What Would You Do?
Tonight, Zazzy and I went to an improv comedy show featuring the writing team behind Key and Peele (but not Key and Peele themselves). The group consisted of a white male, two black males, a Japanese male, and a white female who identified herself as lesbian. One of the bits involved one of the two black males storming off stage in response to the white male not seeing him as black enough. He agreed that he would only come back on stage if each and every one of them used the “n-word”. They agreed to. The other black male said it first with the white female saying it almost simultaneously. The white male sort of mumbled it and I didn’t hear the Japanese guy say it but the rest of the cast insisted he said it just quietly (my hunch is that he didn’t actually say it but they just went with the bit). The other black male returned to the stage and they had an ensuing conversation about how everyone saying the word could end racism. This was all part of the show, mind you. They then turned to the audience — an audience that was mostly hip, white 20-somethings (the theater was in Chelsea and this was Pride weekend) — and said they now wanted each and every member of the audience to say it on the count of three.
They played around with this for a bit, noting that the audience was mostly white so they would be safe saying it. They noticed the few black folks in the audience and implored the white folks not to look at them while saying it. At this point, two of the black folks seated near me — one male, one female, sitting separately — responded: the former raised two middle fingers towards the stage while the latter turned and glanced around at the audience; both seemed to do so in a joking matter. The white female performer joked that it was important everyone do it or they would go one-by-one through the crowd to make sure racism was properly eradicated. And you had to make sure to use a “very hard R” and “say it from the gut”.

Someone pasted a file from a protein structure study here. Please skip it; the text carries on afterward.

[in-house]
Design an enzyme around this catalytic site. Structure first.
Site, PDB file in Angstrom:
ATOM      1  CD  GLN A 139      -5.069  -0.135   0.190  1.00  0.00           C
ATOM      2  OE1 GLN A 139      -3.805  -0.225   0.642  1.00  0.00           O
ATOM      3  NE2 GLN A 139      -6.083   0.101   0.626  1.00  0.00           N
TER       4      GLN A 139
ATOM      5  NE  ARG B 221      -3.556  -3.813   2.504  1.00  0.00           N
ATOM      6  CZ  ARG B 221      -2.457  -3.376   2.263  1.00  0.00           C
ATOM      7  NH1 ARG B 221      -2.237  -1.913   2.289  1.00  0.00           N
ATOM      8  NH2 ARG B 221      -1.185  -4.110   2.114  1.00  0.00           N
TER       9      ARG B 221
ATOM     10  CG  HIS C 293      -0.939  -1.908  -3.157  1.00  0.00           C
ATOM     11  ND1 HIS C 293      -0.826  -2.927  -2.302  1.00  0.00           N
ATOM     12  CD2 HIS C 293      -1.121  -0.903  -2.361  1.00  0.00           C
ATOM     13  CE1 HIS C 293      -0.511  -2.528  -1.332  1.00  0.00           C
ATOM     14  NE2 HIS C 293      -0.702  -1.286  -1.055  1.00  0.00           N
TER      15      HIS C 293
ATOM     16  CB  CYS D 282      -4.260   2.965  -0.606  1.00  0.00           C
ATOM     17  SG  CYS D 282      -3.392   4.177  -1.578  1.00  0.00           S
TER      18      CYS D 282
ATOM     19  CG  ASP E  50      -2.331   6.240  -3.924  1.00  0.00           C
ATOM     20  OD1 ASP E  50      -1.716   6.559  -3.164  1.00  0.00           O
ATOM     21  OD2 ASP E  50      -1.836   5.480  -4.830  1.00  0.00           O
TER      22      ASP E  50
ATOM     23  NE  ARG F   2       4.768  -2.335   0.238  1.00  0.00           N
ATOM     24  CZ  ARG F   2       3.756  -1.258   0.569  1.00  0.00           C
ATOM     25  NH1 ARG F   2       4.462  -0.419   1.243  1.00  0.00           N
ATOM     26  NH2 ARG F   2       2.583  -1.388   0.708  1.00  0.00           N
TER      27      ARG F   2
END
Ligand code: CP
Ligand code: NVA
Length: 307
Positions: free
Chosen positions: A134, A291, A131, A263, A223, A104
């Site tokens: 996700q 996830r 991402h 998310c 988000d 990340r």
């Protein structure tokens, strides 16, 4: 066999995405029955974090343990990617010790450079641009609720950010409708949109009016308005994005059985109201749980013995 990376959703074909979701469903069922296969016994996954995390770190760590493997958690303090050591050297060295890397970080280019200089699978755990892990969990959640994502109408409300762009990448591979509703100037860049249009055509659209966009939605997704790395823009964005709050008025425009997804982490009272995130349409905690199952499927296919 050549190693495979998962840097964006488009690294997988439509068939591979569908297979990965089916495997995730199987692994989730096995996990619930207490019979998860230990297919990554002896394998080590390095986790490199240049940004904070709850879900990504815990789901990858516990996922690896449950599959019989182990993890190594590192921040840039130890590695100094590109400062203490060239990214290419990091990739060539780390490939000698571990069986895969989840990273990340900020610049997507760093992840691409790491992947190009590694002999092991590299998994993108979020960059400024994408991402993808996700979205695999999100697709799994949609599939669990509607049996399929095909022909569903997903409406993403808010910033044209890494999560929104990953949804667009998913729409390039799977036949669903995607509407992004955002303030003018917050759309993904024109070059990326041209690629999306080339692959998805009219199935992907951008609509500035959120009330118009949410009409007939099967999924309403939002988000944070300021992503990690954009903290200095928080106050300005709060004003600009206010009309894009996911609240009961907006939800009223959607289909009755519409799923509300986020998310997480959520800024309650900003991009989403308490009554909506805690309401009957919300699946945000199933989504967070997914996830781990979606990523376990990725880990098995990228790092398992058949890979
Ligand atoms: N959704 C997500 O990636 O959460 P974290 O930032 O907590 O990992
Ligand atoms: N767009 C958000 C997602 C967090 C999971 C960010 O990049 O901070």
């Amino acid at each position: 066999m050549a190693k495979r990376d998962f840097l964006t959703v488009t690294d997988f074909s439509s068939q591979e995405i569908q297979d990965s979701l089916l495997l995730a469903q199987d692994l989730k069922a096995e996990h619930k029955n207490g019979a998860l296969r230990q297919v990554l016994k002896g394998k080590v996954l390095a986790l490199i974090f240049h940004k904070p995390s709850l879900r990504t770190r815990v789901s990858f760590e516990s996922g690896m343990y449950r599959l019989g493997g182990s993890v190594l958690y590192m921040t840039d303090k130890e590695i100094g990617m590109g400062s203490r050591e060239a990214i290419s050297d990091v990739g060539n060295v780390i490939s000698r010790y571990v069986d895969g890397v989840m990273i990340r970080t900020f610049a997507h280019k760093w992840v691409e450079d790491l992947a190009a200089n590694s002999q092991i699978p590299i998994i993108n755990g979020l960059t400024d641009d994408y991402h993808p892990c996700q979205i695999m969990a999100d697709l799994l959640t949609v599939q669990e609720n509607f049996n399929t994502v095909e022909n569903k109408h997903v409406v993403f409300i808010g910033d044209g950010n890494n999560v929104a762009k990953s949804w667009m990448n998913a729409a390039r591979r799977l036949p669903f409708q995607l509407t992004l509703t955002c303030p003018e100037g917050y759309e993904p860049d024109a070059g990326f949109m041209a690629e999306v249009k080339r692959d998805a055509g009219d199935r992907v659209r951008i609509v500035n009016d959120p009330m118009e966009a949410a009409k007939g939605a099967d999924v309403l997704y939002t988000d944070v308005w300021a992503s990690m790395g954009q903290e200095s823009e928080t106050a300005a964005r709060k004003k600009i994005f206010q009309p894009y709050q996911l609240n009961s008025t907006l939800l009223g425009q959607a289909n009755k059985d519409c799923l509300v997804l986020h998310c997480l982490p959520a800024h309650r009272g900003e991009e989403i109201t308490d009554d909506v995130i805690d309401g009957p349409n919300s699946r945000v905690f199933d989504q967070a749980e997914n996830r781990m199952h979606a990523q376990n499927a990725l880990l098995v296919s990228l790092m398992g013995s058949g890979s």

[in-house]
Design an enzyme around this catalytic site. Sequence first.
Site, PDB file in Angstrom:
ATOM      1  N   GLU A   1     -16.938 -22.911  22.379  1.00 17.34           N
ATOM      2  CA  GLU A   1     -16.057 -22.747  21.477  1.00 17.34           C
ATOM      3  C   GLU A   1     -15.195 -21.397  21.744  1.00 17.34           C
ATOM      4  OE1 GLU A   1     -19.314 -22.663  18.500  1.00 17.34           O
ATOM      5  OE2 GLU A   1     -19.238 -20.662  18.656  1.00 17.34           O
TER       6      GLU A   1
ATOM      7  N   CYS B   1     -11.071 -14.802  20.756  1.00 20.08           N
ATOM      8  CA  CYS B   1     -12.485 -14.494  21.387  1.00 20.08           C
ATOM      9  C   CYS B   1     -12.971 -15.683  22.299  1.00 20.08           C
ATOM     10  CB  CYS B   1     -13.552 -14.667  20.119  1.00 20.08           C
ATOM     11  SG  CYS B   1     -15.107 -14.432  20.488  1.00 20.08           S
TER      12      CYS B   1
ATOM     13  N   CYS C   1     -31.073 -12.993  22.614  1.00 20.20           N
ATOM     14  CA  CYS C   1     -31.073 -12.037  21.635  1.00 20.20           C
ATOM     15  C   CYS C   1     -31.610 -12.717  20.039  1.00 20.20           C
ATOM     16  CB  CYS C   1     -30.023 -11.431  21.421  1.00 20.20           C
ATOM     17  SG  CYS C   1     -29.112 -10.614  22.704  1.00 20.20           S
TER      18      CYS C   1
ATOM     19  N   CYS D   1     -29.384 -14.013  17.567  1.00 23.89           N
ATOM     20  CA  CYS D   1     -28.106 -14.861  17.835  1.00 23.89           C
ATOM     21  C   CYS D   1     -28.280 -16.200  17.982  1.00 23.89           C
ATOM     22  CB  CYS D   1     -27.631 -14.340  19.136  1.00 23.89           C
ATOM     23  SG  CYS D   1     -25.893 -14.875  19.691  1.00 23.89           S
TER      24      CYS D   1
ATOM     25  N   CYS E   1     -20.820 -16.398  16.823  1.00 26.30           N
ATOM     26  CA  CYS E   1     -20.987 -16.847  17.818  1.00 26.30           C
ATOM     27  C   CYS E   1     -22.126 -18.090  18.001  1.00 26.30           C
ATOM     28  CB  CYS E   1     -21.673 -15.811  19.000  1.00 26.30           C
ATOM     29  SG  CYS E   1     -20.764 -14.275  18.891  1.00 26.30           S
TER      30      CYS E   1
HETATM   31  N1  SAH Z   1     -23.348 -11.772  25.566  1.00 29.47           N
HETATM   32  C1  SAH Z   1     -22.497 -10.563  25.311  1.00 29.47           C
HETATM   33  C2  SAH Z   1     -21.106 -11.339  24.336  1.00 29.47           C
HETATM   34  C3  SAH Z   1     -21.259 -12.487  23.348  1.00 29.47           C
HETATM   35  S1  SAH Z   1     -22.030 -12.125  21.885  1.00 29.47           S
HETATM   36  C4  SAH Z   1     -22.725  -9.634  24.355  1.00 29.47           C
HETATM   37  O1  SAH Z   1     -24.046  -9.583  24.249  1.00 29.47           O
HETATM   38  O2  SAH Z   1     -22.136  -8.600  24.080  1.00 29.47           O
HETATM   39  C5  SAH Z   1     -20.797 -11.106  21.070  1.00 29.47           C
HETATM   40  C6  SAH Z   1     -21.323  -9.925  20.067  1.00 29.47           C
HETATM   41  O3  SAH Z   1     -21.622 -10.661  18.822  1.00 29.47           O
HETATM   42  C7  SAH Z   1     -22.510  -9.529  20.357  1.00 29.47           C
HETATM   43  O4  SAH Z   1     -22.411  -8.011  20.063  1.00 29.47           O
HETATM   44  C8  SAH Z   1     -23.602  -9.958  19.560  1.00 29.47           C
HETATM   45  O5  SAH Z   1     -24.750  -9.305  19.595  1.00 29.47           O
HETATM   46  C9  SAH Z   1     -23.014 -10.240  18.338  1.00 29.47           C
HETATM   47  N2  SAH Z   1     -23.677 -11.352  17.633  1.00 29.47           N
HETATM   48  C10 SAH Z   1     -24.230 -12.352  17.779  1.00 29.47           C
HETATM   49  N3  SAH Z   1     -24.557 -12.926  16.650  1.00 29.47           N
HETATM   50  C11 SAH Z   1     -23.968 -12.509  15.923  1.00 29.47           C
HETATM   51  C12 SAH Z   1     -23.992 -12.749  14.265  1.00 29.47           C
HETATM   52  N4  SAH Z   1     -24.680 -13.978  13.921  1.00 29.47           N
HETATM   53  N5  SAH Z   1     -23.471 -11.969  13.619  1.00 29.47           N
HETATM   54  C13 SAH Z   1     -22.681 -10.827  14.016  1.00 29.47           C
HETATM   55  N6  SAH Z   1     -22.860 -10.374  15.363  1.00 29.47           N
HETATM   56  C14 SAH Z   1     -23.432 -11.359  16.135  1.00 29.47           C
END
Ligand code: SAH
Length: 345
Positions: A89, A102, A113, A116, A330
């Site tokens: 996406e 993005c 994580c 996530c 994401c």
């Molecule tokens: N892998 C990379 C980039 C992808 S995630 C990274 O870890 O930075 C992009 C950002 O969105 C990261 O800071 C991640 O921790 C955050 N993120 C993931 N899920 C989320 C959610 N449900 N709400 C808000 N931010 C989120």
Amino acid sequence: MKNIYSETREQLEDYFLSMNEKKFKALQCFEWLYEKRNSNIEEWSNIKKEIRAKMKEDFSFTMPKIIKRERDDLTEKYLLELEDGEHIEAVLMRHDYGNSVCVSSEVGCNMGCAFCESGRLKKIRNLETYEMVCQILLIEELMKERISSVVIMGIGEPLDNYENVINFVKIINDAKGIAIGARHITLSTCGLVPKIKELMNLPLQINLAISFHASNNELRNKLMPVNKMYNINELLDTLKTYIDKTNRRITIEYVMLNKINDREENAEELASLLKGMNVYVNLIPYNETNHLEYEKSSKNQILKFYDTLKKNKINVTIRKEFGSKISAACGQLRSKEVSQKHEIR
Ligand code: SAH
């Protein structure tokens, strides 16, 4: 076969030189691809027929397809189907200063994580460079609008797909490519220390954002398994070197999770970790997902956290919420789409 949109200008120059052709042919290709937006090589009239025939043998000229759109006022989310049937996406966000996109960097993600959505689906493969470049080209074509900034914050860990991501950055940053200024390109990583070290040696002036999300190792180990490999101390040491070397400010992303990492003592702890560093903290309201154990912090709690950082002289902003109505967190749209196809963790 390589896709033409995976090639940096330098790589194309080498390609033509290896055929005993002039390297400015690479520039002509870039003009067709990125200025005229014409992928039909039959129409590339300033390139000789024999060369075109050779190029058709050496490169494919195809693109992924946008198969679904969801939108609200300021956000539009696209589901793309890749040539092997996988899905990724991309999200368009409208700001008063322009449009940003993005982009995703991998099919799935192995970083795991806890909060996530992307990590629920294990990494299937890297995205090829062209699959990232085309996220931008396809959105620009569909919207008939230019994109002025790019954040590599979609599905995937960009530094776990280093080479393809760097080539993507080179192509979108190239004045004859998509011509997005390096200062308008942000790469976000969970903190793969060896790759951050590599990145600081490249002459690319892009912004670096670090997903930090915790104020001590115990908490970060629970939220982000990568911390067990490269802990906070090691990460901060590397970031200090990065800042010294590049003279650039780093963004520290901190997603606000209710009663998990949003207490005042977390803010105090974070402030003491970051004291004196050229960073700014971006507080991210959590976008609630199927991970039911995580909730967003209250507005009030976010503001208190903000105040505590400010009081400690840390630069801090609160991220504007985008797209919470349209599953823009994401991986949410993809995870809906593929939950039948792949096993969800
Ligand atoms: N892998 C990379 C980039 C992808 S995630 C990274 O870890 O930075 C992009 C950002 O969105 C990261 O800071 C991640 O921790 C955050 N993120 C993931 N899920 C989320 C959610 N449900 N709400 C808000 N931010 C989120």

I had zero intention of saying the word. I could tell from Zazzy’s tensing up that she had zero intention of saying the word. I assumed most of the audience would respond similarly. I was wrong. The sound was resounding. It’s hard to say, but I’d guess at least 2/3 of the audience said the word. If it was less than that, then those who did say it said it loudly. It was uncomfortable. It was also the final bit of the show, as the performers ran off stage immediately after. I assumed it was probably rehearsed. K&P pushes the envelope on a number of race-related issues. I could see this being something they find a way to get to at the end of every show. I think discomfort was intended. Still, I was shocked by how many white folks seemed to gleefully shout the word out. I think they were wrong to say it, but I can’t say so with any certainty. Generally speaking, that is a word that I don’t think I get to make any rules about outside of deciding for myself not to use it.
What would you have done? Would you have said it? Why or why not? What do you make of comedy of this form? Does it matter that two of the performers were black, three were people of color, and four were from traditionally marginalized demographic group? If you are black or a person of color, how would you have felt to be a member of the audience? Any other thoughts?